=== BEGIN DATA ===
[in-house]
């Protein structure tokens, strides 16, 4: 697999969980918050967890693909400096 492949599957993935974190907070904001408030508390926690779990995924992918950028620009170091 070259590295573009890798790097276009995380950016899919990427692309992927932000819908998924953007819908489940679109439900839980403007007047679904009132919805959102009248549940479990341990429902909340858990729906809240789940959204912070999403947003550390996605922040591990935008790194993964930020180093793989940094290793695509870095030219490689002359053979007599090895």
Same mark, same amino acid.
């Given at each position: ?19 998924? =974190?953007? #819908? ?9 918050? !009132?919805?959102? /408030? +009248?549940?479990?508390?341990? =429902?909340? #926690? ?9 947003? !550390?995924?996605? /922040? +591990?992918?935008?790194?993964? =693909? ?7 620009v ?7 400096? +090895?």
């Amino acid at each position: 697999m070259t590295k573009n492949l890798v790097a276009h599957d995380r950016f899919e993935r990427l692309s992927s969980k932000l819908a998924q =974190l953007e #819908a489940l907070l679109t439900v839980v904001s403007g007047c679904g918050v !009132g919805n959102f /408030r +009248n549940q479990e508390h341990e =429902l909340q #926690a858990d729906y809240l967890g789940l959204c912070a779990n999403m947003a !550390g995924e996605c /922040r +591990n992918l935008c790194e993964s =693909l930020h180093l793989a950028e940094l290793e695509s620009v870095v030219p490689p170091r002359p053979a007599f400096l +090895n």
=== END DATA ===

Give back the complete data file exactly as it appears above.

[in-house]
């Protein structure tokens, strides 16, 4: 697999969980918050967890693909400096 492949599957993935974190907070904001408030508390926690779990995924992918950028620009170091 070259590295573009890798790097276009995380950016899919990427692309992927932000819908998924953007819908489940679109439900839980403007007047679904009132919805959102009248549940479990341990429902909340858990729906809240789940959204912070999403947003550390996605922040591990935008790194993964930020180093793989940094290793695509870095030219490689002359053979007599090895």
Same mark, same amino acid.
């Given at each position: ?19 998924? =974190?953007? #819908? ?9 918050? !009132?919805?959102? /408030? +009248?549940?479990?508390?341990? =429902?909340? #926690? ?9 947003? !550390?995924?996605? /922040? +591990?992918?935008?790194?993964? =693909? ?7 620009v ?7 400096? +090895?």
């Amino acid at each position: 697999m070259t590295k573009n492949l890798v790097a276009h599957d995380r950016f899919e993935r990427l692309s992927s969980k932000l819908a998924q =974190l953007e #819908a489940l907070l679109t439900v839980v904001s403007g007047c679904g918050v !009132g919805n959102f /408030r +009248n549940q479990e508390h341990e =429902l909340q #926690a858990d729906y809240l967890g789940l959204c912070a779990n999403m947003a !550390g995924e996605c /922040r +591990n992918l935008c790194e993964s =693909l930020h180093l793989a950028e940094l290793e695509s620009v870095v030219p490689p170091r002359p053979a007599f400096l +090895n």